The news that Sweden will get a tonnage tax next year were eagerly awaited by the country's biggest shipping group - Stena AB.
"Sweden is one of the last countries in Europe to introduce this kind of tax. We have for a long time been trying to secure equal conditions, preferably on a global scale, but at least in terms of the EU, and this tax represents an important step forward in these efforts. The introduction of a tonnage tax scheme in Sweden is essential in keeping the remaining maritime sector alive, and it will hopefully attract new shipping companies to the country. This is positive for Stena, as we'd like to be part of a bigger and growing cluster," Claes Berglund, Director of Public Affairs & Sustainability at Stena AB, tells ShippingWatch.
Stena Group, which operates a long line of shipping activities, especially in tanker and ferries, currently has 12 ships flagged in Sweden, and the group is thus the carrier with the most ships sailing under Swedish flag. The new tonnage tax scheme will not immediately make Stena transfer more ships to the Swedish flag.
"We are continuously evaluating various possibilities, and for the ferries we normally use a flag from one of the countries we sail to. The decision to introduce a tonnage tax will not at this time have a direct impact on our flags, but it might, in the future, increase Sweden's chances of having more ships sailing under Swedish flag," says Claes Berglund.
For the Swedish government to truly succeed in building a strong maritime cluster, it will take more than just introducing a tonnage tax, according to Stena.
"Tonnage tax is a key element in the efforts to build a bigger Swedish maritime cluster, but it's going to take more this, and we're pleased with the new maritime strategy that was presented last week and we look forward to contributing to these efforts. We hope this will result in a growing maritime sector," says Claes Berglund.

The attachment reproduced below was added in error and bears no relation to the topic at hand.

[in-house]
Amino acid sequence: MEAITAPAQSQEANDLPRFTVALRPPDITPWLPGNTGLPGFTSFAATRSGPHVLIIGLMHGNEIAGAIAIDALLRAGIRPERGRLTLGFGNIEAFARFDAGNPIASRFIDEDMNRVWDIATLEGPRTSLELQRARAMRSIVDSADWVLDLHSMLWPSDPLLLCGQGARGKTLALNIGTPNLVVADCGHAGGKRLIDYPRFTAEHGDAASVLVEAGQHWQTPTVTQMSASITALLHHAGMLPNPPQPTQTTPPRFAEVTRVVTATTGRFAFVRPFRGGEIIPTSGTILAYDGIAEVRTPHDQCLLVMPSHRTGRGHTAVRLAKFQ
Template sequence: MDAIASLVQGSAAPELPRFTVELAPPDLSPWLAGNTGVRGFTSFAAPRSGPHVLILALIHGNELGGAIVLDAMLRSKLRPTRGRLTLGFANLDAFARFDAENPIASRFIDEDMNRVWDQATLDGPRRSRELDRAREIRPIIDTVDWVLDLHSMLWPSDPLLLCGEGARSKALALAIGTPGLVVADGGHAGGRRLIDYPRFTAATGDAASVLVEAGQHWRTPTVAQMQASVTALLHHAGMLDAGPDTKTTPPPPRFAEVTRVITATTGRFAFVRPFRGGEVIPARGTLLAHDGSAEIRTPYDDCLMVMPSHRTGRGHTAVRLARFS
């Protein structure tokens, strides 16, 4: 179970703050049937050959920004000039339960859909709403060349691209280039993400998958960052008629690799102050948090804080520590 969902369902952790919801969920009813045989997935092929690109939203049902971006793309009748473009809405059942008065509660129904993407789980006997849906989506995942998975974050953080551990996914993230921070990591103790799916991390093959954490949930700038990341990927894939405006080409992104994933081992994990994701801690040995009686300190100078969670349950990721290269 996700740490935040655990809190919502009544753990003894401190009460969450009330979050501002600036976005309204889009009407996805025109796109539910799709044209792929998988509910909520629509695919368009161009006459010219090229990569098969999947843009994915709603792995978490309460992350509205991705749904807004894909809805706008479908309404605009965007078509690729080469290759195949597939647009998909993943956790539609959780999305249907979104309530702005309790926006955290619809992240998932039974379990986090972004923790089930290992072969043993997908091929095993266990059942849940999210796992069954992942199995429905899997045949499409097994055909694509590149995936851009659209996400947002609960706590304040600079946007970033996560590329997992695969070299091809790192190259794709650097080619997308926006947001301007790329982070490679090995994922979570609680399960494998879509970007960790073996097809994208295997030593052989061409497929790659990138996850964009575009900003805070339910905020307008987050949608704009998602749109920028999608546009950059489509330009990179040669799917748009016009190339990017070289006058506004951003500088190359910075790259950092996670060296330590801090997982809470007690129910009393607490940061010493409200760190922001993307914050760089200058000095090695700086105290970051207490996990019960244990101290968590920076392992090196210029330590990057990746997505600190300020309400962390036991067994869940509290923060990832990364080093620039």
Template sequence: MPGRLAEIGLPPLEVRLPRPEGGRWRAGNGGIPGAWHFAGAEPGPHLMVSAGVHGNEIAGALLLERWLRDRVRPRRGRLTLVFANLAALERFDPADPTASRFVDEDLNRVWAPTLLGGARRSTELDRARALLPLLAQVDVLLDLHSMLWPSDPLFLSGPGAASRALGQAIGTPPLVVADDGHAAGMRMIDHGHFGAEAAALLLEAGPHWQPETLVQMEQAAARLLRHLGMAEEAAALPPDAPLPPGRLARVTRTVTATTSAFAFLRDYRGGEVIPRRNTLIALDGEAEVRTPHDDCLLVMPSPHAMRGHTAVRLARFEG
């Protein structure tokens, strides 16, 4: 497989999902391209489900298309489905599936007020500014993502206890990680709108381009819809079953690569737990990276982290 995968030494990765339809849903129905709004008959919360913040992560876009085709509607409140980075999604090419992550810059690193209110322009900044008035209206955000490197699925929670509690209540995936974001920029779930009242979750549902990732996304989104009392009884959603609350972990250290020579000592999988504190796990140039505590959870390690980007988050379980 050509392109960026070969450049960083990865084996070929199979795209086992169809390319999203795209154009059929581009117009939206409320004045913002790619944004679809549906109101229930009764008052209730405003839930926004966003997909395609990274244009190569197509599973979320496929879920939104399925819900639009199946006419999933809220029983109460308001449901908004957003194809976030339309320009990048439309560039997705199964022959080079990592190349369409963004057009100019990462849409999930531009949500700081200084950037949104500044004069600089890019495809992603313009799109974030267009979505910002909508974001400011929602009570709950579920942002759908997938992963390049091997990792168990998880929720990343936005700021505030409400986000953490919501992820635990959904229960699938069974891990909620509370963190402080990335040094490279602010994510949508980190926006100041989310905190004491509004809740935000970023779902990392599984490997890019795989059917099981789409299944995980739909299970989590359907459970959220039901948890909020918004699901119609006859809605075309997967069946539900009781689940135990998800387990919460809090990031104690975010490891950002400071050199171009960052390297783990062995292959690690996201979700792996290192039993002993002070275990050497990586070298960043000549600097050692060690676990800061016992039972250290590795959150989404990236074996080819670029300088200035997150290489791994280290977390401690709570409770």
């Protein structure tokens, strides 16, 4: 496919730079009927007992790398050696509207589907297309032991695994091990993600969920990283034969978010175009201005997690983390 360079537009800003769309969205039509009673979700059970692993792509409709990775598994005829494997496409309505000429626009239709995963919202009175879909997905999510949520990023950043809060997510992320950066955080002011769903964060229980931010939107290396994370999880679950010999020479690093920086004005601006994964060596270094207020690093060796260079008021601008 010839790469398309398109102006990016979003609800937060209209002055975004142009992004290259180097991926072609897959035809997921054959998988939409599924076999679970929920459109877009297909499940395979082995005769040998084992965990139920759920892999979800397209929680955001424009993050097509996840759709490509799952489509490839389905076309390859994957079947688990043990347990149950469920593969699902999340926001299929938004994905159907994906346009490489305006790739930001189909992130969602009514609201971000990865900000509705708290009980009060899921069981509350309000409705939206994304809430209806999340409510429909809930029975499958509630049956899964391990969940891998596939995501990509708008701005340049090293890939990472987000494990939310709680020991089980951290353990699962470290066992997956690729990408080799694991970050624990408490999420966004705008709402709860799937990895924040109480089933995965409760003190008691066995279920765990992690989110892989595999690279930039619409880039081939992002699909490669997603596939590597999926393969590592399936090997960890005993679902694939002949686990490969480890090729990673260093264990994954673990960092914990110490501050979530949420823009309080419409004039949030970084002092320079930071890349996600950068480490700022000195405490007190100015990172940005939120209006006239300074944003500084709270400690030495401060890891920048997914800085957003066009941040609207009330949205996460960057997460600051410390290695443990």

Tonnage tax underway for years
A Swedish tonnage tax scheme has been underway since 2008 when the Swedish shipowners' association first brought the matter to the attention of the country's politicians. And now it looks like the Swedish shipowners will get a tonnage tax that will in nature be similar to the ones in Norway and Denmark. At any rate, the Swedish government, through minister of infrastructure Anna Johansson, on Tuesday this week announced that Sweden will introduce a tonnage tax by July 1st next year.
"I am pleased that we can introduce a tonnage tax scheme to benefit the maritime cluster, and I look forward to having more ships sailing under the Swedish flag. We know that this is very important to employment in the sector," said Anna Johansson when the new tax was announced.
The EU Commission has to approve the tonnage tax scheme as it constitutes a state subsidy, and this means that a Swedish tonnage tax will come into force by July 1st 2016 at the earliest.
Ahead of the tonnage tax announcement, the Swedish government last week presented a maritime strategy plan for Sweden that will focus on shipping, environment and people in relation to maritime matters.
Several Swedish carriers such as the two smaller tanker carriers Terntank and Sirius Shipping left the Swedish ship register years ago, choosing in these companies' case to join the Danish International Ship Register instead. Jørgen Olesen, managing director at Sirius Shipping, had the following comment for ShippingWatch yesterday, Wednesday:
"Our heart lies in Sweden. So if the Swedish tonnage tax is adopted we would of course consider flagging new ships in Sweden instead of Denmark."